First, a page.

What Pegman Saw – Uprising

“What Pegman saw” is a weekly challenge based on Google Streetview. Using the location provided, you must write a piece of flash fiction of no more than 150 words. You can read the rules here. You can find today’s location on this page,  from where you can also get the Inlinkz code. This week’s prompt is the Shwedagon Pagoda in Myanmar.

WPS - Uprising 191116

Image by ct tran from Pixabay

Uprising

The soldiers’ guns were loaded, and they had orders to shoot to kill. They patrolled the streets; we slipped through the night from shadow to shadow, through gardens and parks, behind hedges and shrubs, taking turns to carry our old, frail leader pick-a-back.

From the People’s Park we could see the stupa shimmering spectral gold.

“Quickly,” said our guide, ushering us into the tunnel that took us into the pagoda, “It will soon be dawn.”

As the sun’s fire rose blazing above the horizon, our leader struck the Tharrawaddy Min bell.

“My people – all my people – shall be free!”

The great bell sang, awakening resonances from the Maha Gandha bell. Across the city, thousands of bells were rung, spreading the word of resistance. A flame of sound raced over the countryside from end to end.

Aung San Suu Kyi slumped, her work at last complete.

Friday Fictioneers – Escape

NaNoWriMo is over for this year, and I’m delighted to have succeeded in writing 50,000 words of a novel in the month. I’m now trying to continue at the same pace until the first draft is finished.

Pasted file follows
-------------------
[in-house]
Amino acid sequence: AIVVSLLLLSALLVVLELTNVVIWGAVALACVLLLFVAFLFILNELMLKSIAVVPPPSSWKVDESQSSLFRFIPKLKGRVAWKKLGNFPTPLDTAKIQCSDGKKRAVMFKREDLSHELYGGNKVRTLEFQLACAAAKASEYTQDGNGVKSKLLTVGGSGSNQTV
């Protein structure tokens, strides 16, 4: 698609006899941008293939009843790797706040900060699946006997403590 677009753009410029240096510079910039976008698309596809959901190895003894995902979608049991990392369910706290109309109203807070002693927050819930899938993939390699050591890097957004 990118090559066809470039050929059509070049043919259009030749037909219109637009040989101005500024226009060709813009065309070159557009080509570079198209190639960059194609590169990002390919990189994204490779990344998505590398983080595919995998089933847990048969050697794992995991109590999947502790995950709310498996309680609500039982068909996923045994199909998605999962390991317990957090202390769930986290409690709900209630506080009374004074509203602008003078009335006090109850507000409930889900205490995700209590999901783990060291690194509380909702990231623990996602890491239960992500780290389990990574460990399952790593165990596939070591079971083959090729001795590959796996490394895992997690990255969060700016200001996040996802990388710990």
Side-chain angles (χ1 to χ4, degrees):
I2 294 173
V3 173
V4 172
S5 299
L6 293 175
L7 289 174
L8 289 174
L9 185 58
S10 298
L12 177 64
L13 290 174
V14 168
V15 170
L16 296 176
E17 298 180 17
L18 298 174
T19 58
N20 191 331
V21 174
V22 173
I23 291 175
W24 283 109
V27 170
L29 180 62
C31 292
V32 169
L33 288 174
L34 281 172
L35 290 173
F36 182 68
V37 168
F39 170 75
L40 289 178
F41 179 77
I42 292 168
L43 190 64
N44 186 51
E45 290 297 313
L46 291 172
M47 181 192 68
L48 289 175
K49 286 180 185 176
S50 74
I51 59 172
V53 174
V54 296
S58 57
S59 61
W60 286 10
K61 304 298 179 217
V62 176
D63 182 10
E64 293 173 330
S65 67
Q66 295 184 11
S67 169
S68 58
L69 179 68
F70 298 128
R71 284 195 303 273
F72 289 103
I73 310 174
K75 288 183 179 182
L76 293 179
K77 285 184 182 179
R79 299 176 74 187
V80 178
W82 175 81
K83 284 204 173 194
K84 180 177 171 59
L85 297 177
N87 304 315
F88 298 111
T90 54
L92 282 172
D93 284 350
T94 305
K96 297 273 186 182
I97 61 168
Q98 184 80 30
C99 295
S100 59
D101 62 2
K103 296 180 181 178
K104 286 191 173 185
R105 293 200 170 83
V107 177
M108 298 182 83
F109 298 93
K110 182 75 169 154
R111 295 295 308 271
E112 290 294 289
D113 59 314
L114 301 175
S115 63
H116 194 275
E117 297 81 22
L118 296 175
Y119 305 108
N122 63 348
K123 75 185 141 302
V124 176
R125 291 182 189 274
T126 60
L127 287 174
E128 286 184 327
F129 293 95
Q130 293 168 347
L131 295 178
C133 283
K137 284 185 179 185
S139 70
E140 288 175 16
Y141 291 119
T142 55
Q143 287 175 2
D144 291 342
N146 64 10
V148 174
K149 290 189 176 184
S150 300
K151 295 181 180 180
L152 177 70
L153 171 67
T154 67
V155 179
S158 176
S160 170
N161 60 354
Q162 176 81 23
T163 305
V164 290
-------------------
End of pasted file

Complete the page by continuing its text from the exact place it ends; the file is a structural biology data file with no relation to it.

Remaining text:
However, this week the siren voice of Friday Fictioneers has lured me into the shoals of flash fiction, especially as Rochelle has picked such an evocative photoprompt from Dawn. Thank you to both of you!

Friday Fictioneers - Escape 181206

PHOTO PROMPT © Dawn M. Miller

Escape

If Saaburah had looked back, she would have seen a smudge of smoke on the horizon where her house had once stood, but she didn’t look back.

If she had listened to her memories, she would have heard gunfire, screams, and the roar of fire as her family and friends were slaughtered, but she didn’t listen to her memories.

With her baby swaddled against her breast, she had walked towards the border, at first alone, then with a few others, then with a multitude.

Filthy, exhausted, frightened, they streamed across the railway bridge into Bangladesh, homeless, stateless.

Alive.